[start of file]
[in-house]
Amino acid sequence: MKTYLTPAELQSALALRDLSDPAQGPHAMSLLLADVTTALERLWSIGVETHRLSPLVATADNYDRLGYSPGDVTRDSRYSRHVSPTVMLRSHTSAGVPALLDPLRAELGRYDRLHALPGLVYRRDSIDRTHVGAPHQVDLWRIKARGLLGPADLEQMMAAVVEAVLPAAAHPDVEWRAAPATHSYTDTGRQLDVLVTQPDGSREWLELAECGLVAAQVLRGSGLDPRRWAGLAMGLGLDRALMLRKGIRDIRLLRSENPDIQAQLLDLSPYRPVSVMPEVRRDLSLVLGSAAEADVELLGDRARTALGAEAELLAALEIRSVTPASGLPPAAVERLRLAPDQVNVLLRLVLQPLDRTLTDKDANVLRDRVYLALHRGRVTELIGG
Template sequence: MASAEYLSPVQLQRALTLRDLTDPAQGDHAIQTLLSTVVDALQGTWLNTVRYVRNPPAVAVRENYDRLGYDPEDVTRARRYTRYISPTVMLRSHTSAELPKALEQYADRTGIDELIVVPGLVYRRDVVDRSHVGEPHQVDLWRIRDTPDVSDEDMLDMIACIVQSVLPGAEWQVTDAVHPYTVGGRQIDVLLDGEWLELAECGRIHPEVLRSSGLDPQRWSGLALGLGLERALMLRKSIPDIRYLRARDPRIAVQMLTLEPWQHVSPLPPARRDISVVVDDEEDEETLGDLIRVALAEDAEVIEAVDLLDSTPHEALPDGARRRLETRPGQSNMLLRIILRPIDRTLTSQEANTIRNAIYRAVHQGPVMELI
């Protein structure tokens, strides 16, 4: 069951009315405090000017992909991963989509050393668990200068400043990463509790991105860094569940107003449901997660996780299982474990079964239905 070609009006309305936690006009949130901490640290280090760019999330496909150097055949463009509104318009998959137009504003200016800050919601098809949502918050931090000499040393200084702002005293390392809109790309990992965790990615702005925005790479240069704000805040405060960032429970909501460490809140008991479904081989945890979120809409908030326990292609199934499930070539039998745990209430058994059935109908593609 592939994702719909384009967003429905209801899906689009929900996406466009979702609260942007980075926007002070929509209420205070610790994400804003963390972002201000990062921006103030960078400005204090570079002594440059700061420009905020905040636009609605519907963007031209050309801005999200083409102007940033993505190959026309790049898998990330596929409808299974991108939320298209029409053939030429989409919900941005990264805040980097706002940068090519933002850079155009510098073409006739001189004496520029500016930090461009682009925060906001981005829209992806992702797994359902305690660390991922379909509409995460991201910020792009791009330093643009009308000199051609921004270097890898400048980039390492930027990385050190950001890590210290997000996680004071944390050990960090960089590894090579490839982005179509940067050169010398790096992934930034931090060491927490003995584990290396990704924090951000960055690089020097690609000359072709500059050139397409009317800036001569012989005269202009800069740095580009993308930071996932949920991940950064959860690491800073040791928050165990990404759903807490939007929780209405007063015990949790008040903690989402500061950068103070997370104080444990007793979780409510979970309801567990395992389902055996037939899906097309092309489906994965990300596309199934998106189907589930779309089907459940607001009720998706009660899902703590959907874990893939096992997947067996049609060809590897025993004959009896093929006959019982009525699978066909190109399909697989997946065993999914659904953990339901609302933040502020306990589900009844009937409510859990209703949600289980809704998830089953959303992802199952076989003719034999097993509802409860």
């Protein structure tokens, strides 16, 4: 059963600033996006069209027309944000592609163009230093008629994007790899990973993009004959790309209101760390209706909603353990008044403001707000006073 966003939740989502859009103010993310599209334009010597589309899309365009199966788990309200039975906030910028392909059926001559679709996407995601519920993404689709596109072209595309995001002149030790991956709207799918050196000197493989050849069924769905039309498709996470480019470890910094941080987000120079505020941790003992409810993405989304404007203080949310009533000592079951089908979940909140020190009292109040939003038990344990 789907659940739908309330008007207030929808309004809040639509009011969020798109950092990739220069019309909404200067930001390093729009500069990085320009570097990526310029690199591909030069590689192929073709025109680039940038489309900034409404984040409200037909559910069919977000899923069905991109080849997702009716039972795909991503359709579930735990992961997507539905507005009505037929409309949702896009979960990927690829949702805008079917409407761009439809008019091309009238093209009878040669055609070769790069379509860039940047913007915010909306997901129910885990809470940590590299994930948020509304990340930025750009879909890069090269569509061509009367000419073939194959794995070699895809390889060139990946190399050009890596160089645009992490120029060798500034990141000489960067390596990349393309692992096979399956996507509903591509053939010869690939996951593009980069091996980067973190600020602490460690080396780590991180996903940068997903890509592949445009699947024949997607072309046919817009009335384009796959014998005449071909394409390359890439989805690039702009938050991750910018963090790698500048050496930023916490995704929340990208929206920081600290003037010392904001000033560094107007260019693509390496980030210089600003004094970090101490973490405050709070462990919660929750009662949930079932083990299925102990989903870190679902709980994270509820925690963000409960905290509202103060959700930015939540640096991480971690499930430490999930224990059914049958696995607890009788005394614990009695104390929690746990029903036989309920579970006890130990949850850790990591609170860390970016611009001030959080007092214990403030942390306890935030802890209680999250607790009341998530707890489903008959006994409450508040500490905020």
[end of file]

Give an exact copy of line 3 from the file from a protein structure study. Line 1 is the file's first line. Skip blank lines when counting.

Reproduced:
Template sequence: MASAEYLSPVQLQRALTLRDLTDPAQGDHAIQTLLSTVVDALQGTWLNTVRYVRNPPAVAVRENYDRLGYDPEDVTRARRYTRYISPTVMLRSHTSAELPKALEQYADRTGIDELIVVPGLVYRRDVVDRSHVGEPHQVDLWRIRDTPDVSDEDMLDMIACIVQSVLPGAEWQVTDAVHPYTVGGRQIDVLLDGEWLELAECGRIHPEVLRSSGLDPQRWSGLALGLGLERALMLRKSIPDIRYLRARDPRIAVQMLTLEPWQHVSPLPPARRDISVVVDDEEDEETLGDLIRVALAEDAEVIEAVDLLDSTPHEALPDGARRRLETRPGQSNMLLRIILRPIDRTLTSQEANTIRNAIYRAVHQGPVMELI